It’s my blog, and…

…I’ll blather if I want to.

I had the head CT today. It went well, considering how anxious I am. The doctor was older than me (and still working!), very kind. He smiled and calmed me and smiled and even made me laugh. He was also a champ at starting the IV. My veins are pretty much shot after eight years of chemotherapy, exams and treatments, but he managed to get the needle into a pretty small vein and only had to jiggle it a little. Didn’t hurt…

A hematoma is born.

…until the end of the exam when they flushed the IV. Then the vein blew. That hurt. I yelped, and the doctor and technician came in quickly. This is what they found. It’s not dreadful, just kind of sore. It will reabsorb in a couple of days. I left with a CD of the scan images, and the results will be sent to me by email within five days.

I took advantage of my astronomically high ANC (absolute neutrophil count) of 800 (normal is at least 1500) and used the excursion to the imaging center as an excuse for a walk. And in this Age of Internet, what’s a walk without pictures?

As I walked out the front door of the center, I was greeted with nothing less than a hearse from one of the burial societies parked in front. The writing says “Burial Society of the Yemenite Community” and, sadly, parts of some of the letters are worn off. I didn’t notice any mourners around, and it’s entirely possible that the driver lives in one of the apartments in the building behind it. Still, I didn’t know whether to laugh or cry or make my last Act of Contrition.

I decided to walk the long way, so I cut through the city center. “Cut through” is not entirely accurate. I walked in the opposite direction from my house so I could take full advantage by making a big loop. I miss walking outside!

In one of the side streets I came across a restaurant that really embodies the very strange nature of this city that I love. The name of the restaurant is Mifgash HaSheikh or “The Sheikh’s Meeting Place”, and in letters larger than the name, the sign proclaims that it is open 24/6  (24 hours a day except for Saturday, the Jewish Sabbath) and that the food is kosher. Restaurant guides categorize it as “Jerusalemite fast food”. Does it get any stranger?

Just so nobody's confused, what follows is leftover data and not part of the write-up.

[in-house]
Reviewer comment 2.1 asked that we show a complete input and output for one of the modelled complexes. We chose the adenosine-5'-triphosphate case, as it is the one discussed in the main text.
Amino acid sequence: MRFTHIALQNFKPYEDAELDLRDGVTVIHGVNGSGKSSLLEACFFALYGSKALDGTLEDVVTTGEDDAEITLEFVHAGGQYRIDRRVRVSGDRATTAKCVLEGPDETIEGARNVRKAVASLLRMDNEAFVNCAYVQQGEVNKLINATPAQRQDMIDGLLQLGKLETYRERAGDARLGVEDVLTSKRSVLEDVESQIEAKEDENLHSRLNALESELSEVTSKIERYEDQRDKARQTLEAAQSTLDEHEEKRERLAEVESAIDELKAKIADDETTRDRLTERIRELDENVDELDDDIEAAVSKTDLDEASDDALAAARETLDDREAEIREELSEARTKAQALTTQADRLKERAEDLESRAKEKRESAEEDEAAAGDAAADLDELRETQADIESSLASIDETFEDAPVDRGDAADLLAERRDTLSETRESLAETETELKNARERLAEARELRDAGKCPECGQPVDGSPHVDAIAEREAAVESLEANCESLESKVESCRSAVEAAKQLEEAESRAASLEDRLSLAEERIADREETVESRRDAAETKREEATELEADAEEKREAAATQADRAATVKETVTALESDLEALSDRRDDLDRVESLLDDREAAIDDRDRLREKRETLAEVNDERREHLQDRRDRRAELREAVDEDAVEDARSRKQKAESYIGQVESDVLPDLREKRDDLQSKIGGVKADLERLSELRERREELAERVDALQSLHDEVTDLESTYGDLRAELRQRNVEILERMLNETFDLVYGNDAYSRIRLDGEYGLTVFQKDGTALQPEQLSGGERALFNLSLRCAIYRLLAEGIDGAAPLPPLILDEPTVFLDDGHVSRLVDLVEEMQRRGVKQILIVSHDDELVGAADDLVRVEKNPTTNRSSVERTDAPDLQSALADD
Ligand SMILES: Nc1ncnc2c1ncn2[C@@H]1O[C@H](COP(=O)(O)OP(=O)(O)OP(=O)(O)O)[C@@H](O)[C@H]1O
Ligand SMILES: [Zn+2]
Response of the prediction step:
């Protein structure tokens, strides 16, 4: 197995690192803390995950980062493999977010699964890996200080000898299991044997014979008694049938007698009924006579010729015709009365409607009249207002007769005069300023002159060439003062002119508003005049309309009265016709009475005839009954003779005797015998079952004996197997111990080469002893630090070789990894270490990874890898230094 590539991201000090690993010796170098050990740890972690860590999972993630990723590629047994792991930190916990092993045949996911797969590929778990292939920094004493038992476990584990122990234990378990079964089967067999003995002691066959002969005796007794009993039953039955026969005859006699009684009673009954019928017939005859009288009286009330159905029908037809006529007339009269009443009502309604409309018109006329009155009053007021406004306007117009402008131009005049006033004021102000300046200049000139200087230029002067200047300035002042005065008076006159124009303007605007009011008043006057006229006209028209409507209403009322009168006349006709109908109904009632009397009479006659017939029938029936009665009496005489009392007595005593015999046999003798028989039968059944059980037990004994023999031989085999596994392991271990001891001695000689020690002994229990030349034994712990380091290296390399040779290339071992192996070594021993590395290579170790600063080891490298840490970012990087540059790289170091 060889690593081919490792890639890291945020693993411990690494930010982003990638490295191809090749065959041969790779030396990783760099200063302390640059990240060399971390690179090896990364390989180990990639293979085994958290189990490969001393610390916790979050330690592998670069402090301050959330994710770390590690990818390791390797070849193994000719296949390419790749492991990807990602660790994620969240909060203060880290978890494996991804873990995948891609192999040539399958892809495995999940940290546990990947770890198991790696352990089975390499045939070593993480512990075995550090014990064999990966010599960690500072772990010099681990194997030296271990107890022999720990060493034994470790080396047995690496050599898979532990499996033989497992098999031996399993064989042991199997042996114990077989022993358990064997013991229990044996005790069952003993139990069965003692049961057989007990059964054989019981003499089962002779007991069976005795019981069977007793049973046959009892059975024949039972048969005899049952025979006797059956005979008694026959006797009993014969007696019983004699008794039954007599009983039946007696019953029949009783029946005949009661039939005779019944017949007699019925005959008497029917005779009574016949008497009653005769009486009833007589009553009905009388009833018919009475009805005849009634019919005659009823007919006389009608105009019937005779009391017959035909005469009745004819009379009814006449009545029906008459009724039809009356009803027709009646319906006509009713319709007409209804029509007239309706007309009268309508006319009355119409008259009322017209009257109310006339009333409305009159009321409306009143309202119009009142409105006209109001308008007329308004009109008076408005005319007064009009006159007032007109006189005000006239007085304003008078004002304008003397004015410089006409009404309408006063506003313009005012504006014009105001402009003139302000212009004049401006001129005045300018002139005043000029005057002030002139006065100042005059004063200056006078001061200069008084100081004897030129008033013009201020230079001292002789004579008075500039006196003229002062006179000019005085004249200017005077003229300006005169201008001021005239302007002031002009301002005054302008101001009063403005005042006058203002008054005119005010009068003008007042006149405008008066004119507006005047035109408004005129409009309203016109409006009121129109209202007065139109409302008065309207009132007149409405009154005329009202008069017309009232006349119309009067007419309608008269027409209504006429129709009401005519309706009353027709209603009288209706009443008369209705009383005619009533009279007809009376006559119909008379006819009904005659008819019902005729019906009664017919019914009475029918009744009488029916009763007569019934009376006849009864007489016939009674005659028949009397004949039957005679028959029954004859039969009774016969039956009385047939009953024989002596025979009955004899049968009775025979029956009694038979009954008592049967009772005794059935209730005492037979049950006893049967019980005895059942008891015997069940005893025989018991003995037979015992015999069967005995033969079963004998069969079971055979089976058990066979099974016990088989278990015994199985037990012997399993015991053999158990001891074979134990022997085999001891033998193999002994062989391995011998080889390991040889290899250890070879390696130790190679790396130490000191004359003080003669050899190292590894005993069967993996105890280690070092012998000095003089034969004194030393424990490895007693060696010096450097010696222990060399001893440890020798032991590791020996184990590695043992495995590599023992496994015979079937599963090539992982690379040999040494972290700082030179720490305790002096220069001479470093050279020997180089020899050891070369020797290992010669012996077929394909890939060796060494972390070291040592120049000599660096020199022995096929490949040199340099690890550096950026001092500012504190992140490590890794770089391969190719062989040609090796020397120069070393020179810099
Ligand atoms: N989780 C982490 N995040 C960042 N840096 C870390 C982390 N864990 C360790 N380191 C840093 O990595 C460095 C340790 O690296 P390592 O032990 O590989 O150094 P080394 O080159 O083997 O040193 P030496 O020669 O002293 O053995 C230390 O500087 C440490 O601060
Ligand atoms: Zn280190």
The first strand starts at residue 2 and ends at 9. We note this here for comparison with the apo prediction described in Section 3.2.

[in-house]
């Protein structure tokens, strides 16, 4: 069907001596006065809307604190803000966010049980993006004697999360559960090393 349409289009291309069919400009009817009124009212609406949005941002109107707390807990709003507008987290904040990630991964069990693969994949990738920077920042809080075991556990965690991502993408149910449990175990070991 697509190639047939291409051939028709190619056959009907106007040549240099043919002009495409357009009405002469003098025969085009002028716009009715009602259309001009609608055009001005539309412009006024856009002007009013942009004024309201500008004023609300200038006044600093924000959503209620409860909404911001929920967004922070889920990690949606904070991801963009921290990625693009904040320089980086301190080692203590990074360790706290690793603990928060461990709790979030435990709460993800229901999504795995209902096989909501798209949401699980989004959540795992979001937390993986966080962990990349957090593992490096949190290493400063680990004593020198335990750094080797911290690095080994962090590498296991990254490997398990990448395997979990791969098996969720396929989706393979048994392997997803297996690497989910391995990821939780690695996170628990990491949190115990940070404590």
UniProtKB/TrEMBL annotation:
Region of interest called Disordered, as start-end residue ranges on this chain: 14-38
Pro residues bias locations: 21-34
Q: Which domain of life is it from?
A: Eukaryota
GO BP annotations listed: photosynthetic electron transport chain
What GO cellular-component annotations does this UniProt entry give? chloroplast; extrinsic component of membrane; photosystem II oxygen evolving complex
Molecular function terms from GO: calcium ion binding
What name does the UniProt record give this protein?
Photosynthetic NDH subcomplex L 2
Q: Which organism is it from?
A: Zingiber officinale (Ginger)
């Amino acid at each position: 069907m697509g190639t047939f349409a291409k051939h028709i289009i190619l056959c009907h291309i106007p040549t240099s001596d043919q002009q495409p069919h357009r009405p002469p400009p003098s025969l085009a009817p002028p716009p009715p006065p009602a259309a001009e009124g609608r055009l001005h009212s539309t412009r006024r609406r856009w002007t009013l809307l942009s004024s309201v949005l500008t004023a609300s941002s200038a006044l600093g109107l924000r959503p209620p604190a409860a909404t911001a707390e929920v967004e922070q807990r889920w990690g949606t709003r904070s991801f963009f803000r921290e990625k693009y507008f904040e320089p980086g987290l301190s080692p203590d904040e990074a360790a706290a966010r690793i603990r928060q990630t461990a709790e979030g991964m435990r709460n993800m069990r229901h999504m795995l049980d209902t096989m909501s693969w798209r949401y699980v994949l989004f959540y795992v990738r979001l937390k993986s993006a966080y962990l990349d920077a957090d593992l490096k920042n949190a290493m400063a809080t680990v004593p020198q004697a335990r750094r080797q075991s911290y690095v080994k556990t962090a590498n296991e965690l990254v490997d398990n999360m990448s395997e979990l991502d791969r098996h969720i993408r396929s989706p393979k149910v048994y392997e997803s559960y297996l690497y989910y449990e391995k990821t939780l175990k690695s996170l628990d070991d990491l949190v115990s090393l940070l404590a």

8 Responses

  1. heyjudyjudy says:

    A hematoma and a hearse all in one walk home…with photo documentation. Not to mention being a participant in a medical marvel such as a CT…what a morning you had…..

  2. Lisa says:

    Boy, I hate it when veins blow and now that I’m on blood thinners the bruise is huge. Hope it heals quickly and the results of your test is good.

  3. Maxine D says:

    I love how you can laugh and cry and blather all in the one post – quite an eventful morning, and thanks for sharing, especially the ironies.

  4. Knot Telling says:

    Thanks for the comments, ladies. Maxine, irony and humor are what get me through the day.

  5. Cherine says:

    Irony is an inherent part of life. If we’re able to take it well, we can survive lots of things that are either too absurd (at least on surface) or too difficult. I’m not sure what to think of that hearse, but seeing that it’s Yemenite somehow made me feel better about it; it’s not related to you. 🙂
    I’m glad you used the opportunity to walk around the city, walking is a great way to clear the mind a bit and to breathe.

  1. 5 July, 2012

    […] this is strange. In the weeks and days leading up to my recent CT, I was a quivering mess of anxiety and drama. I divided my time between obsessively cleaning my […]

  2. 8 July, 2012

    […] neurologist (Dr. K) called a few minutes ago. Although I have not yet received the results of the head CT, she has. My brain is clear of tumors, thank God, but there is a finding that looks like new […]

  3. 6 April, 2014

    […] this is strange. In the weeks and days leading up to my recent CT, I was a quivering mess of anxiety and drama. I divided my time between obsessively cleaning my […]

Leave a Reply

Your email address will not be published. Required fields are marked *

%d bloggers like this: